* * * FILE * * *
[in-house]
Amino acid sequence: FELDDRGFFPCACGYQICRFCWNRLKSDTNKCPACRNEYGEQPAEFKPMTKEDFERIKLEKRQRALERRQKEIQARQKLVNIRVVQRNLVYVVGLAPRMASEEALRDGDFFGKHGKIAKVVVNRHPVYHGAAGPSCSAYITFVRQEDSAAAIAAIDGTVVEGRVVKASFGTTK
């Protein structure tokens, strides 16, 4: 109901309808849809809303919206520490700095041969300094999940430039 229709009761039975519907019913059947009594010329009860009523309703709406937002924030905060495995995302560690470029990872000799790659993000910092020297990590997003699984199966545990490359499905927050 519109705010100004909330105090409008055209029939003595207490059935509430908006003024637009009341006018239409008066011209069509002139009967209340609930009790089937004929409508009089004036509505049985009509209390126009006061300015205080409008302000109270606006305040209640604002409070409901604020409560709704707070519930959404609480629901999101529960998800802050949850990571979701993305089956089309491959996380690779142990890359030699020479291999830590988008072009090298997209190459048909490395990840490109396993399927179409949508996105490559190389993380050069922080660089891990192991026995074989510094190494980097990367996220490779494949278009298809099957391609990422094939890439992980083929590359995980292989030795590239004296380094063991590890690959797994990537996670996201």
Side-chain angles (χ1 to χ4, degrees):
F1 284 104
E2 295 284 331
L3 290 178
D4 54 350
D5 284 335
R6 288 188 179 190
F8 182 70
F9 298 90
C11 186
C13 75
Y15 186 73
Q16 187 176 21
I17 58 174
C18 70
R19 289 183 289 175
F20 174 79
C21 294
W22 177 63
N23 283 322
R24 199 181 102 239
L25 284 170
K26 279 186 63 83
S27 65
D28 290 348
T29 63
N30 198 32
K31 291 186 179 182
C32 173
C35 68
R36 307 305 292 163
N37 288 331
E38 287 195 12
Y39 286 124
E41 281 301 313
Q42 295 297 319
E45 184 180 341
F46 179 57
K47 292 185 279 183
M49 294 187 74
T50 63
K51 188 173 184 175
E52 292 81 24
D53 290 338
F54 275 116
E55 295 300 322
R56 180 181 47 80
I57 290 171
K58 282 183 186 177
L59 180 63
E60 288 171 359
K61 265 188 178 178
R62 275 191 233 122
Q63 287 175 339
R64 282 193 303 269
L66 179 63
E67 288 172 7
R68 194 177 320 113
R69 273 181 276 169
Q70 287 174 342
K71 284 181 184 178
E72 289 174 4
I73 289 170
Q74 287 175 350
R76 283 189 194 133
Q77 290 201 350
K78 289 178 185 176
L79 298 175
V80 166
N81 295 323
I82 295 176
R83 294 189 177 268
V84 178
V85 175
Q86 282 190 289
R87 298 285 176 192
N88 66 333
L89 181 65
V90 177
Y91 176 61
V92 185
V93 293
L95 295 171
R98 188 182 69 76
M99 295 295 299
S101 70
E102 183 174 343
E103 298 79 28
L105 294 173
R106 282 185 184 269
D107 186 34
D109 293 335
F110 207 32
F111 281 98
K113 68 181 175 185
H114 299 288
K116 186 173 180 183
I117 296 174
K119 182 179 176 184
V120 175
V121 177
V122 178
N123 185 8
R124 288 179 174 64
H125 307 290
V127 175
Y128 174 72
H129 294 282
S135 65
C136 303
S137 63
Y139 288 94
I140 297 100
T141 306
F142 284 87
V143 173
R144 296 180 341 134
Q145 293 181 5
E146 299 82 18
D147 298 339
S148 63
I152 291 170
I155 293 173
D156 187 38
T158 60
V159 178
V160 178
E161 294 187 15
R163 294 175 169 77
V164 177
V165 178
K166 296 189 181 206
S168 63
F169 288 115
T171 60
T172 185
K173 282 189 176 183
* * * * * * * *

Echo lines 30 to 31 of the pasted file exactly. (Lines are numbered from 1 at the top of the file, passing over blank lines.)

N30 198 32
K31 291 186 179 182